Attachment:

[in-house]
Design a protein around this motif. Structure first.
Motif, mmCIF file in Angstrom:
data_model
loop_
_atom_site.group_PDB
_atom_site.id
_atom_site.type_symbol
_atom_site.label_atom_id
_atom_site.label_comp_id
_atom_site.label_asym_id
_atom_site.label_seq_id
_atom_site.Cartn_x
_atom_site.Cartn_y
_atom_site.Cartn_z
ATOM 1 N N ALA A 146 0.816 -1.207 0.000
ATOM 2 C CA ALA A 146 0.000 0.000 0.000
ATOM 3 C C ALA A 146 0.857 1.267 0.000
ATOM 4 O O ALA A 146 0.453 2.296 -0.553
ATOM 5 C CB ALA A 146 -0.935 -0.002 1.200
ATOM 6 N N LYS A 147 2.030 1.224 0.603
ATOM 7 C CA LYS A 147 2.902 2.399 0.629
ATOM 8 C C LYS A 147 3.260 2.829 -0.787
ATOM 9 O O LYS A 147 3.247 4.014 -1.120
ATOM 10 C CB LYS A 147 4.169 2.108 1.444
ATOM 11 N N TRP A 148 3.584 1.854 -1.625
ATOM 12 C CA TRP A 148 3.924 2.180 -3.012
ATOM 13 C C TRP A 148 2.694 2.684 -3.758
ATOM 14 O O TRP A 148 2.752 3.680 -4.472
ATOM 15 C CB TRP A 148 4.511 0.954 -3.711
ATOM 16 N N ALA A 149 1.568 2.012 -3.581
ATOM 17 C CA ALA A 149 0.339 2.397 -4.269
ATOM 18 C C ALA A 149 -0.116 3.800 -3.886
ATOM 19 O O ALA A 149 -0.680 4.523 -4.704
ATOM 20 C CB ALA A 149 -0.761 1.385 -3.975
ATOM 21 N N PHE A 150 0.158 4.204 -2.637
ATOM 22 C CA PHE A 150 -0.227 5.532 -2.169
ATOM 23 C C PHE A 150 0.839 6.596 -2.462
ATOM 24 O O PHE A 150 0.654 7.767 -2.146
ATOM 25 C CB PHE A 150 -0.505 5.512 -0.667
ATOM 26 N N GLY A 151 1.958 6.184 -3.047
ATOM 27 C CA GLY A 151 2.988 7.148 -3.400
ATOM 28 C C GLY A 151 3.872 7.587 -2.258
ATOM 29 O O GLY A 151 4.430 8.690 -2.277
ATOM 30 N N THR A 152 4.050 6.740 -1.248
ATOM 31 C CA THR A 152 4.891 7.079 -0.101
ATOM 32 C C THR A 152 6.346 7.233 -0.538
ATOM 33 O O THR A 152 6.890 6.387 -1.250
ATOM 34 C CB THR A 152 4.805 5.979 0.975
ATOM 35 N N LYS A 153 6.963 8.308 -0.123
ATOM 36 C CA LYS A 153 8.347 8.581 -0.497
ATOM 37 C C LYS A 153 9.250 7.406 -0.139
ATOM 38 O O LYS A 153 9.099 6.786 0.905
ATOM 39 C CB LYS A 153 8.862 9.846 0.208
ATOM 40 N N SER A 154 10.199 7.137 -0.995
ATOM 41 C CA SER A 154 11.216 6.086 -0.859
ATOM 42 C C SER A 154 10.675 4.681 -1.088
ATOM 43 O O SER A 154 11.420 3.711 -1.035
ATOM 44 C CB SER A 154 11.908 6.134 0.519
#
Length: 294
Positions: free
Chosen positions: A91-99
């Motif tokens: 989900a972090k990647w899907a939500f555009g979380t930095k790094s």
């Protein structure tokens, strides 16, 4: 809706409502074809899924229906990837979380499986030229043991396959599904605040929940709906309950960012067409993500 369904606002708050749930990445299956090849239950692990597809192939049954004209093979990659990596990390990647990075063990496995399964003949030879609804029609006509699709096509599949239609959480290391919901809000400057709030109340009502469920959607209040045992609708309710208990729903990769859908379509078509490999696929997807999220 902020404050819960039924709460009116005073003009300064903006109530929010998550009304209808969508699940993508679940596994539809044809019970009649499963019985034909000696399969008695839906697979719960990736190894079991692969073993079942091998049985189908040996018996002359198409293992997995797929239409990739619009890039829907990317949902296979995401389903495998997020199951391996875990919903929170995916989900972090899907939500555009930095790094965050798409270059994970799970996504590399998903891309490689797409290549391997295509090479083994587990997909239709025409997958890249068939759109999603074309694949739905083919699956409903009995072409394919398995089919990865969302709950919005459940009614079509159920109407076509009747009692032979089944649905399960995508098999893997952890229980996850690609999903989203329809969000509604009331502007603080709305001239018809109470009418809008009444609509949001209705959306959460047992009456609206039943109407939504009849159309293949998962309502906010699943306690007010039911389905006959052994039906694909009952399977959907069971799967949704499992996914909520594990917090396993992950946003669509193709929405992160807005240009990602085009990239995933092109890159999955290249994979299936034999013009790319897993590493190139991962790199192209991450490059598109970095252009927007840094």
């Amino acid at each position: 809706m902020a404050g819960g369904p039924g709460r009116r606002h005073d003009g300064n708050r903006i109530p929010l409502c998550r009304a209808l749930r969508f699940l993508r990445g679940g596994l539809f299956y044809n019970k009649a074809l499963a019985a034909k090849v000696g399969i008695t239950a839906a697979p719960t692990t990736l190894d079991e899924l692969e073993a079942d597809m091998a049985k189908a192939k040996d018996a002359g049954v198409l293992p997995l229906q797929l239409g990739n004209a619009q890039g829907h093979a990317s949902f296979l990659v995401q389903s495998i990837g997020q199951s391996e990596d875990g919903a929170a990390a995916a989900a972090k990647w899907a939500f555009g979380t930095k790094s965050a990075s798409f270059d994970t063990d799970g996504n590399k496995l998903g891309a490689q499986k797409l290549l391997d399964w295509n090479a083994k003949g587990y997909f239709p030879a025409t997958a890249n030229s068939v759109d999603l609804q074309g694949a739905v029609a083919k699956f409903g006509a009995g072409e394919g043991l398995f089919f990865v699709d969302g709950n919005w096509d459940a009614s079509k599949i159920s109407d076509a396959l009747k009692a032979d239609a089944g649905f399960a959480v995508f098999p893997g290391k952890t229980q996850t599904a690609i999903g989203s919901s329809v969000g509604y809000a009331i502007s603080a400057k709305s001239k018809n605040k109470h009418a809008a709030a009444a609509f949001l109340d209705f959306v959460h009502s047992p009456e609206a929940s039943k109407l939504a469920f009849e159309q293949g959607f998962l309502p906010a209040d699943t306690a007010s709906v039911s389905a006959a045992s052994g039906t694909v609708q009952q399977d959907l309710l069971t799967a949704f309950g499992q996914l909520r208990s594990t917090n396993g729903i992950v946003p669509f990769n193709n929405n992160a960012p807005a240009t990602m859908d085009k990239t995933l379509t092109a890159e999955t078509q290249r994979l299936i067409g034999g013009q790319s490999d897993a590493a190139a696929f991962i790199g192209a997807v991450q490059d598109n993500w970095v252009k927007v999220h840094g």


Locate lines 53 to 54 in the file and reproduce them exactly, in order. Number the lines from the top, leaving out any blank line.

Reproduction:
ATOM 38 O O LYS A 153 9.099 6.786 0.905
ATOM 39 C CB LYS A 153 8.862 9.846 0.208